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One detective hides behind the house. Another is in an unmarked car out front. A third and fourth are stationed along a narrow residential street as a tall man with shoulder-length dark hair lopes toward a double-decker.
The man, baseball cap pulled low, crosses an intersection and turns into a driveway.
"You got the porch?" a commanding officer asks, his voice cracking in the static of a two-way radio. "I will in a minute," answers a detective who shifts his position so that the back porch of the house is within sight.
"It’s key for us now to keep eyes on the informant at all times," says Framingham Sergeant Sean Riley, whose narcotics unit is running what's called a controlled drug buy.
This is how local police tackle the heroin and fentanyl epidemic — one buy at a time. The buys help police collect evidence that someone is dealing drugs, seek a search warrant, arrest the alleged dealer, and choke off one pipeline in the flood of heroin onto Framingham streets.
There's an urgency in the state's largest town, as 120 men and women have overdosed so far this year -- a 50 percent increase in one year. Last year in Framingham, there were 12 deaths. The number of deceased is not confirmed so far this year, but police expect it will be higher.
Gov. Charlie Baker and others have focused a lot of attention on reducing the number of opioids prescribed for pain because that's where an addiction often starts. But if those former patients overdose and die, the killer is typically something bought on the street -- heroin or an illicit version of fentanyl. Many police and public health experts say that without more attention to the street supply of heroin and fentanyl, the opioid epidemic will rage on.
So we went to Framingham to find out how heroin and fentanyl end up in the hands of users, and how police battle the problem. On a cool fall evening, we rode along with members of the Metrowest Drug Task Force, a partnership that includes detectives from Framingham and Natick. And we drove the same Framingham streets with a former heroin dealer.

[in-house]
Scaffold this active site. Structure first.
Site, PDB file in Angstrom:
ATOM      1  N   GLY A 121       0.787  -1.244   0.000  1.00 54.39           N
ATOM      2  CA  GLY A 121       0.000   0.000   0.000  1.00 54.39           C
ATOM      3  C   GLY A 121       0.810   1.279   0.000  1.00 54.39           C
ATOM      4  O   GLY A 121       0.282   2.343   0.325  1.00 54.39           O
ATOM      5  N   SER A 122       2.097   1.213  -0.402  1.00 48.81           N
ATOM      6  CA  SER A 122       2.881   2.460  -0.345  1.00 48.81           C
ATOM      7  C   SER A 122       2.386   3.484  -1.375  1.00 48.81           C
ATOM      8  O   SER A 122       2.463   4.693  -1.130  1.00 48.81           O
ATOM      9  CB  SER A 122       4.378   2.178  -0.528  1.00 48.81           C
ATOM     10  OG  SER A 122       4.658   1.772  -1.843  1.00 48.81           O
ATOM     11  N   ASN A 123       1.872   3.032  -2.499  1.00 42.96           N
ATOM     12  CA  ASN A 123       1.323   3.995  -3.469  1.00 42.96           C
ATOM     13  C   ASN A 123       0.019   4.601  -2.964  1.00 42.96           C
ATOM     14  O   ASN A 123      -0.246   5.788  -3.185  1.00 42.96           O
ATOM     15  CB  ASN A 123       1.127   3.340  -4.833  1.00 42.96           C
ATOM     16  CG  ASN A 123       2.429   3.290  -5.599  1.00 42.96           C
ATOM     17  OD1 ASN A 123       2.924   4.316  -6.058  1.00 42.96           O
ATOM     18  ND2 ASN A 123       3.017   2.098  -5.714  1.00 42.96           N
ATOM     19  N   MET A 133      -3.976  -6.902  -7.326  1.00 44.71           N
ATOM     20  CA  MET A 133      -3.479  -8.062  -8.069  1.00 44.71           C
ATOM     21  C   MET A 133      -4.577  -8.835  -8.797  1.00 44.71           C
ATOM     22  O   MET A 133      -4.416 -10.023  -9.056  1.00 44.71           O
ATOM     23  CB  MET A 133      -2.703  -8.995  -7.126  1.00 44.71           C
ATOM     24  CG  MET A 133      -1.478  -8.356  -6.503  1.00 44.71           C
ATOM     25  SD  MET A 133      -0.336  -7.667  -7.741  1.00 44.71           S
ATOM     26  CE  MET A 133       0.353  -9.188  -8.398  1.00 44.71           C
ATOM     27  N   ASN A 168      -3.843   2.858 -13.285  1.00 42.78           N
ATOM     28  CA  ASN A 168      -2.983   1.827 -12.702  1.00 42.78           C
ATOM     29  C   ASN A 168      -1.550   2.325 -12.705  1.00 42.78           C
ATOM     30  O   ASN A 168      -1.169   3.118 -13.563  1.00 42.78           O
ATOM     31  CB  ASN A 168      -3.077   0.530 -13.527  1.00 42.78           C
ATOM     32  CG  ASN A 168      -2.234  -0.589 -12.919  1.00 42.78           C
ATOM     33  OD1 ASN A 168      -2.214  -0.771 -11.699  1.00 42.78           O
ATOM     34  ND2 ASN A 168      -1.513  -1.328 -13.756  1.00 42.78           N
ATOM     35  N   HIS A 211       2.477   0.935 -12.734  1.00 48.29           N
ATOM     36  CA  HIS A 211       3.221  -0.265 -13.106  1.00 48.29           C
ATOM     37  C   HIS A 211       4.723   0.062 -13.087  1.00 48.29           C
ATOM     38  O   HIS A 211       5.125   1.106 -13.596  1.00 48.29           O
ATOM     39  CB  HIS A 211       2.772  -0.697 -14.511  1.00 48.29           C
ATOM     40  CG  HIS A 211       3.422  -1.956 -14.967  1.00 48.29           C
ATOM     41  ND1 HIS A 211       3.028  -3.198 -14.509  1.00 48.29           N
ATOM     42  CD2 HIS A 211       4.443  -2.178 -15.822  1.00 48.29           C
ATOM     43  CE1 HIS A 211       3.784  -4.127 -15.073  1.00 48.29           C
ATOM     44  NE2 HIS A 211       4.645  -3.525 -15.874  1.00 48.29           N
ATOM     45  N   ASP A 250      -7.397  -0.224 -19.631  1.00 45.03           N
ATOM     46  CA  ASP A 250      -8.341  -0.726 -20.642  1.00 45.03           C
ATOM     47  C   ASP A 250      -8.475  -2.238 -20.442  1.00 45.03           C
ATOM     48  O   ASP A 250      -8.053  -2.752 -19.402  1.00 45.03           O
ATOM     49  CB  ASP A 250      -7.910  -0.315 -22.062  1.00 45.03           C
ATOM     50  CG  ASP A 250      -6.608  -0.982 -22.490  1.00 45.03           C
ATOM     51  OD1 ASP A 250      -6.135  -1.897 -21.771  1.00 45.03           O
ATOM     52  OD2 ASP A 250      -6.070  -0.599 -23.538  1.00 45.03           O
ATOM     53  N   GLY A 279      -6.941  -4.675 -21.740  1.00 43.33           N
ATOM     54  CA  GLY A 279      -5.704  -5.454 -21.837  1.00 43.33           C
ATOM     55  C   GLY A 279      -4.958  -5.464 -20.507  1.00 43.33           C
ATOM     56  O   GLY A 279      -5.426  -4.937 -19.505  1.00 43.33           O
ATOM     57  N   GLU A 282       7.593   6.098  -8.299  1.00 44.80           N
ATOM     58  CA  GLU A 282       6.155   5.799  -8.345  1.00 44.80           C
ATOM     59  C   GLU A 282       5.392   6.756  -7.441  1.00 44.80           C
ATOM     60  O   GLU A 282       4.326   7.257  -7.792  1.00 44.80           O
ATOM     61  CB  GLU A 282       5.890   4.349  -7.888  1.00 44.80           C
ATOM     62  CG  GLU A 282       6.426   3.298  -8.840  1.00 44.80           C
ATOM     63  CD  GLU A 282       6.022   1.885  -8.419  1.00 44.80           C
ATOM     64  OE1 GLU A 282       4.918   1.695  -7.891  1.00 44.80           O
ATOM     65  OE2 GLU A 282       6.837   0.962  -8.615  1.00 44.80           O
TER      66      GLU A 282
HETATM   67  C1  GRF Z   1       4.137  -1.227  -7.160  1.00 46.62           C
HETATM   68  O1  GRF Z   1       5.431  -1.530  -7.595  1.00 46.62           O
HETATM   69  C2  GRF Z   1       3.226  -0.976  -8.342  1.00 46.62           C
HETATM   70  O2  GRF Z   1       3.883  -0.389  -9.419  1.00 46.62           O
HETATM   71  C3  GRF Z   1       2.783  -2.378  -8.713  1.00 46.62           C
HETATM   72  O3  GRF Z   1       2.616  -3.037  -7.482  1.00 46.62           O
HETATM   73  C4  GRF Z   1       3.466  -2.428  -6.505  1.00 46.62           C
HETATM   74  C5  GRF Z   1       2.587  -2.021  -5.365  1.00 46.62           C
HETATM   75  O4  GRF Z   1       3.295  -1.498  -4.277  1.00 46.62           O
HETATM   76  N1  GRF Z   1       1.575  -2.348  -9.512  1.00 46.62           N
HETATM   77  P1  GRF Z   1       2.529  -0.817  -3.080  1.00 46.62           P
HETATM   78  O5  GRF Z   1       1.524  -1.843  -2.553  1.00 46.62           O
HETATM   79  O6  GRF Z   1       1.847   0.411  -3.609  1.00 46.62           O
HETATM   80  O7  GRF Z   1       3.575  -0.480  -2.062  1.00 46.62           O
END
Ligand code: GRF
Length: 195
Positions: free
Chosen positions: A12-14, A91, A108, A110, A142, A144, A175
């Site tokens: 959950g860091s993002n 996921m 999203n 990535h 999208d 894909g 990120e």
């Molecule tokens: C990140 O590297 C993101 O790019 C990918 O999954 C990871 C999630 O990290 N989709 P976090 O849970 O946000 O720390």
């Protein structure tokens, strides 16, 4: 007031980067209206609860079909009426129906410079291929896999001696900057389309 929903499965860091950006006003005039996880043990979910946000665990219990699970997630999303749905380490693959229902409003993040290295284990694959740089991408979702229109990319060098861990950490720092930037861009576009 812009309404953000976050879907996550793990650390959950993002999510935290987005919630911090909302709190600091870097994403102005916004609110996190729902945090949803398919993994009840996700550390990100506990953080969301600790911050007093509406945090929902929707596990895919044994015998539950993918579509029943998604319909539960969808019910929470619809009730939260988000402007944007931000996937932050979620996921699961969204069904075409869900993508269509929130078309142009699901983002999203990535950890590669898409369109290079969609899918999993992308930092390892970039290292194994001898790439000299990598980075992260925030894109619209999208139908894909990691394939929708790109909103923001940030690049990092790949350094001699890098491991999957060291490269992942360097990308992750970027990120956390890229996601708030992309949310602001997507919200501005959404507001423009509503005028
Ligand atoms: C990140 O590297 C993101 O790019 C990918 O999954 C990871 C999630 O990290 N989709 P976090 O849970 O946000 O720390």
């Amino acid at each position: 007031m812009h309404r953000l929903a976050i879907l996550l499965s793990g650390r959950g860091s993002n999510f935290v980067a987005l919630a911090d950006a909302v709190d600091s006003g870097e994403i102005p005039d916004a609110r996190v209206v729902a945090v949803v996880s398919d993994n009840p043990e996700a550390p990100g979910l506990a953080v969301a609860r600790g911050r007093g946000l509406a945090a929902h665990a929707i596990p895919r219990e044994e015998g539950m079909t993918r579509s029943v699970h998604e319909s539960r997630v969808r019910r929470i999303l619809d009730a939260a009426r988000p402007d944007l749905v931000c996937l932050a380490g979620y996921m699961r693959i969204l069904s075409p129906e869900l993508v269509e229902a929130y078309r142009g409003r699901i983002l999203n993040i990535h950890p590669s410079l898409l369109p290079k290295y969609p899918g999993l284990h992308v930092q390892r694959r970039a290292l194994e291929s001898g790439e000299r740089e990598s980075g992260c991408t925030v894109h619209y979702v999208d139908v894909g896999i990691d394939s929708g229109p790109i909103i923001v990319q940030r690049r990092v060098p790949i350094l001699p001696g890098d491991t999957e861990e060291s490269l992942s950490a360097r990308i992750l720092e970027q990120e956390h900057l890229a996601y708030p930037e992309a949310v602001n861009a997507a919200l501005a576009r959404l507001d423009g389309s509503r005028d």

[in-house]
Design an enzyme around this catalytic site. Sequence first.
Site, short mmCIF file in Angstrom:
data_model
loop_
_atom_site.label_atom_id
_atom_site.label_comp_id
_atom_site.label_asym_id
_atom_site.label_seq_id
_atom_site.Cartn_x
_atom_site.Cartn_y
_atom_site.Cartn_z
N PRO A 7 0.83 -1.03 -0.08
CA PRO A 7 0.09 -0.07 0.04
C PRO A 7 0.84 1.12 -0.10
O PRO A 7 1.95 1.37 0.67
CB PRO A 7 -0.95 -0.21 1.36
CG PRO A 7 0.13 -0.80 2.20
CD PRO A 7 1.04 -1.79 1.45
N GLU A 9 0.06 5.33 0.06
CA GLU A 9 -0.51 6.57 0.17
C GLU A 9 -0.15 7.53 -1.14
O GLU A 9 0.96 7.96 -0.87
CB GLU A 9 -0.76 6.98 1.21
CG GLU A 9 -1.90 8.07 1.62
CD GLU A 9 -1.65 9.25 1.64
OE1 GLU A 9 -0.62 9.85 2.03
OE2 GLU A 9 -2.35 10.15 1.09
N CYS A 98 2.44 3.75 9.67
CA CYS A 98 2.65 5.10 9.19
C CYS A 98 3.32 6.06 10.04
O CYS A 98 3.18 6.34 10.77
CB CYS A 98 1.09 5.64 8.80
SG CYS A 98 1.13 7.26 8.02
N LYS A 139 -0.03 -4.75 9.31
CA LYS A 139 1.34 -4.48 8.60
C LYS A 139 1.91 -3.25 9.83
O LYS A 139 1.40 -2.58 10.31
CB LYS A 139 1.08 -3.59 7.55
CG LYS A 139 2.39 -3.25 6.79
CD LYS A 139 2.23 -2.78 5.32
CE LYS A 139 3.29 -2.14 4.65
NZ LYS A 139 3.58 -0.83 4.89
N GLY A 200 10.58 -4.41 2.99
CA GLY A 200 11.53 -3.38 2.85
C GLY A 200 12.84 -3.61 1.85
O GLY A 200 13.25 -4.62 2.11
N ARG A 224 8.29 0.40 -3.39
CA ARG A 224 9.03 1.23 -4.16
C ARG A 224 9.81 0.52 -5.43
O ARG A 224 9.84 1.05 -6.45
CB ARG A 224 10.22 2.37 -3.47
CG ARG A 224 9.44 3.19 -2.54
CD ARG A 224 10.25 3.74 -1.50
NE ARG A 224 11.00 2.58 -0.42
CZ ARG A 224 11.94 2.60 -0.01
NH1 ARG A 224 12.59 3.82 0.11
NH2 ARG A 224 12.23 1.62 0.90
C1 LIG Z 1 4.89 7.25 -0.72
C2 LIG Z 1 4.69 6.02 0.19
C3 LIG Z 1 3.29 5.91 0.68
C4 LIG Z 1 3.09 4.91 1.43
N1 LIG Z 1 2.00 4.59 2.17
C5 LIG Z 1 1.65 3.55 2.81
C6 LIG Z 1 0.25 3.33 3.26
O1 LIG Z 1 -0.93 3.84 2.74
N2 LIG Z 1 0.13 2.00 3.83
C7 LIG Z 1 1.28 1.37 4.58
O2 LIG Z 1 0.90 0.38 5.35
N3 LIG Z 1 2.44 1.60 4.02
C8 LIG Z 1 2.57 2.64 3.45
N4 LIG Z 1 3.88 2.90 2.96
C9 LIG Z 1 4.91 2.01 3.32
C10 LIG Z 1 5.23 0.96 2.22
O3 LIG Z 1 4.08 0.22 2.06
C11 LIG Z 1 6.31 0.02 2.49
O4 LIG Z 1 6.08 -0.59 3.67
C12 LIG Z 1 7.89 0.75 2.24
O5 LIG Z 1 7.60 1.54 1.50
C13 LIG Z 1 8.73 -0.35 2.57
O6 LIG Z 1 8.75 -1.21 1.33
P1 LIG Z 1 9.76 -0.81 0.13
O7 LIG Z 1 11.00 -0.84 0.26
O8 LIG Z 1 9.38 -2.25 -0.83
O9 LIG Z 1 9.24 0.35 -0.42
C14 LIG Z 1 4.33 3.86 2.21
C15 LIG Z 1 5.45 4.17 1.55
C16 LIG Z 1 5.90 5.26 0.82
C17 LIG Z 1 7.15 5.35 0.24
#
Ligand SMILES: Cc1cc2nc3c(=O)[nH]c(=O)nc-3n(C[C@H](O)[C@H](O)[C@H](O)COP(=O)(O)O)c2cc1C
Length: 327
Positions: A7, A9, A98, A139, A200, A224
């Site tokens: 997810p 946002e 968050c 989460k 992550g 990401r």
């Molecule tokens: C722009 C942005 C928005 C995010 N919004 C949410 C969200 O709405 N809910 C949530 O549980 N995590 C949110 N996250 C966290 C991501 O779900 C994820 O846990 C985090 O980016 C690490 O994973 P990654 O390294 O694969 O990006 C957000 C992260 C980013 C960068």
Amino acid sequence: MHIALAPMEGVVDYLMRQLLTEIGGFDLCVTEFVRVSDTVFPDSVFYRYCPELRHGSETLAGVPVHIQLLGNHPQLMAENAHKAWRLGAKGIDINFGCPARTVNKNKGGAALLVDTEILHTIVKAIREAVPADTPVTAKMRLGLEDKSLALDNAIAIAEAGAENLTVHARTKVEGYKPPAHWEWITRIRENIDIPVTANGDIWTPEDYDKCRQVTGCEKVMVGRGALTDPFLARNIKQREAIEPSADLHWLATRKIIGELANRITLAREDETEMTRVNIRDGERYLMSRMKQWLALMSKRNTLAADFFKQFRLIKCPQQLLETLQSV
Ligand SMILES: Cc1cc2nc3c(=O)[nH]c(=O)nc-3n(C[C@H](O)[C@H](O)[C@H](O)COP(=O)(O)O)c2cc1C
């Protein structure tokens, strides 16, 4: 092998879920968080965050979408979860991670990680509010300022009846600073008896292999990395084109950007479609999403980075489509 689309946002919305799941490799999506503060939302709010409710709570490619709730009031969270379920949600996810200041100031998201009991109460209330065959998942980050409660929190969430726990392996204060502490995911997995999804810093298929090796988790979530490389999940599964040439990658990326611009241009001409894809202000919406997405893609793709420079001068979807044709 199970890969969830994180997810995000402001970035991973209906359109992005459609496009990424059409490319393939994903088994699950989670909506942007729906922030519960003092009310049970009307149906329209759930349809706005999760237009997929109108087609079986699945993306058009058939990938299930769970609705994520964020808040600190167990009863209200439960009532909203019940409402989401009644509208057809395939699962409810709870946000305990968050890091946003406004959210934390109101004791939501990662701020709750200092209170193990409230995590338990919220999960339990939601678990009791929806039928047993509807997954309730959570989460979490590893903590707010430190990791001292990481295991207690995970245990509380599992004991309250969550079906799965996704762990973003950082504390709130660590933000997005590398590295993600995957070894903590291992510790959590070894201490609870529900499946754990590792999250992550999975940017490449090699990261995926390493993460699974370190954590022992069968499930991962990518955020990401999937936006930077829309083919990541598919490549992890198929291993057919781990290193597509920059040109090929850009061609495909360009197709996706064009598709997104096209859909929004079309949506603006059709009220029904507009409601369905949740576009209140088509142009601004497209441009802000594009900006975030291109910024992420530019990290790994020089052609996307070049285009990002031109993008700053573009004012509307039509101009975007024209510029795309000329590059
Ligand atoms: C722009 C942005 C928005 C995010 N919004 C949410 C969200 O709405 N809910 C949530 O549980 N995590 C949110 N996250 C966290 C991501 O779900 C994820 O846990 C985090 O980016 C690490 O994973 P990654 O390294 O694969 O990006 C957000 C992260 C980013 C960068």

We'll take you into both worlds. We return to the driveway of a house where police have seen a lot of "activity" — people coming and going at all hours of the day and night.
The man with a baseball cap is an informant who was charged with possession of heroin a few years ago. Now, he's helping the officers who arrested him try to shut down trafficking at this house. The informant heads for a backdoor where he expects to see the dealer, the target of this buy.
"Appears the target just came out," says a detective using the secure police channel, "standing next to him on the porch."
The informant has $100 that police withdrew from a narcotics investigation account. Detectives frisked the man for weapons, drugs and other money. They ran cellphone numbers from the informant’s phone through a national police database, just to make sure that the target is not an undercover federal or state police agent. With all these steps cleared, the detective assigned to the informant, his handler, drops the man a few blocks from the house, and pulls his unmarked car with tinted windows into a parking lot.